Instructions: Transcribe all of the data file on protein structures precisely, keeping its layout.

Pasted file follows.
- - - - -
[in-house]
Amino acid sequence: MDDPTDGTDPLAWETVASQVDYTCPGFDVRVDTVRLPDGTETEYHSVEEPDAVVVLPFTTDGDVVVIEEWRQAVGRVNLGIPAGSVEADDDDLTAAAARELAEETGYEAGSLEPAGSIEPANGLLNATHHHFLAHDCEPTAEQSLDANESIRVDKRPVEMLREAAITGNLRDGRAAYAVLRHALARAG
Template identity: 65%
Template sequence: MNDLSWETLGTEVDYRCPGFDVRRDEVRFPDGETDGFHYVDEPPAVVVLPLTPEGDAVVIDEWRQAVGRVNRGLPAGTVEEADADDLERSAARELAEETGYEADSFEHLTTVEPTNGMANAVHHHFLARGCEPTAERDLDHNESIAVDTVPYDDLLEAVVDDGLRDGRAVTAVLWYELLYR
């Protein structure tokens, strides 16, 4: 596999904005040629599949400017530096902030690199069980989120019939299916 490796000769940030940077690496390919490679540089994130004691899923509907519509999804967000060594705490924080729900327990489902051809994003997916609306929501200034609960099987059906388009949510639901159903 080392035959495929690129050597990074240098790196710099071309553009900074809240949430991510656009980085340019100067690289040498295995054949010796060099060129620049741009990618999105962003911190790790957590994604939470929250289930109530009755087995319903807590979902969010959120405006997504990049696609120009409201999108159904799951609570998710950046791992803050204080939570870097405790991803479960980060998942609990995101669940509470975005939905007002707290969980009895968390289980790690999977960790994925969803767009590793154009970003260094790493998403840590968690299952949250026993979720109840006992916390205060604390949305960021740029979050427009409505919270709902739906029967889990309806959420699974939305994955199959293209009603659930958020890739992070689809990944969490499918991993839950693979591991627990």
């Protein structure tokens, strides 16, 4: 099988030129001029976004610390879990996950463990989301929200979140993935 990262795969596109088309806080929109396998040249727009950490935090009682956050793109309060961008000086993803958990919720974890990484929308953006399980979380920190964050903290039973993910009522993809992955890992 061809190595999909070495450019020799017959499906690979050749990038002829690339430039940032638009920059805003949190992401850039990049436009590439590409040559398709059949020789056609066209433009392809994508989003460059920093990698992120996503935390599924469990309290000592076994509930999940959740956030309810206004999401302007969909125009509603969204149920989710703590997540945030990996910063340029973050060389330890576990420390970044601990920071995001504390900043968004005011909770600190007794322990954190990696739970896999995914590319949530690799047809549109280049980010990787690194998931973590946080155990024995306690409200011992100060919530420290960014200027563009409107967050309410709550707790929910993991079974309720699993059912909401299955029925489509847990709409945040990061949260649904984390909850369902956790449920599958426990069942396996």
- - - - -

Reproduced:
[in-house]
Amino acid sequence: MDDPTDGTDPLAWETVASQVDYTCPGFDVRVDTVRLPDGTETEYHSVEEPDAVVVLPFTTDGDVVVIEEWRQAVGRVNLGIPAGSVEADDDDLTAAAARELAEETGYEAGSLEPAGSIEPANGLLNATHHHFLAHDCEPTAEQSLDANESIRVDKRPVEMLREAAITGNLRDGRAAYAVLRHALARAG
Template identity: 65%
Template sequence: MNDLSWETLGTEVDYRCPGFDVRRDEVRFPDGETDGFHYVDEPPAVVVLPLTPEGDAVVIDEWRQAVGRVNRGLPAGTVEEADADDLERSAARELAEETGYEADSFEHLTTVEPTNGMANAVHHHFLARGCEPTAERDLDHNESIAVDTVPYDDLLEAVVDDGLRDGRAVTAVLWYELLYR
């Protein structure tokens, strides 16, 4: 596999904005040629599949400017530096902030690199069980989120019939299916 490796000769940030940077690496390919490679540089994130004691899923509907519509999804967000060594705490924080729900327990489902051809994003997916609306929501200034609960099987059906388009949510639901159903 080392035959495929690129050597990074240098790196710099071309553009900074809240949430991510656009980085340019100067690289040498295995054949010796060099060129620049741009990618999105962003911190790790957590994604939470929250289930109530009755087995319903807590979902969010959120405006997504990049696609120009409201999108159904799951609570998710950046791992803050204080939570870097405790991803479960980060998942609990995101669940509470975005939905007002707290969980009895968390289980790690999977960790994925969803767009590793154009970003260094790493998403840590968690299952949250026993979720109840006992916390205060604390949305960021740029979050427009409505919270709902739906029967889990309806959420699974939305994955199959293209009603659930958020890739992070689809990944969490499918991993839950693979591991627990």
């Protein structure tokens, strides 16, 4: 099988030129001029976004610390879990996950463990989301929200979140993935 990262795969596109088309806080929109396998040249727009950490935090009682956050793109309060961008000086993803958990919720974890990484929308953006399980979380920190964050903290039973993910009522993809992955890992 061809190595999909070495450019020799017959499906690979050749990038002829690339430039940032638009920059805003949190992401850039990049436009590439590409040559398709059949020789056609066209433009392809994508989003460059920093990698992120996503935390599924469990309290000592076994509930999940959740956030309810206004999401302007969909125009509603969204149920989710703590997540945030990996910063340029973050060389330890576990420390970044601990920071995001504390900043968004005011909770600190007794322990954190990696739970896999995914590319949530690799047809549109280049980010990787690194998931973590946080155990024995306690409200011992100060919530420290960014200027563009409107967050309410709550707790929910993991079974309720699993059912909401299955029925489509847990709409945040990061949260649904984390909850369902956790449920599958426990069942396996």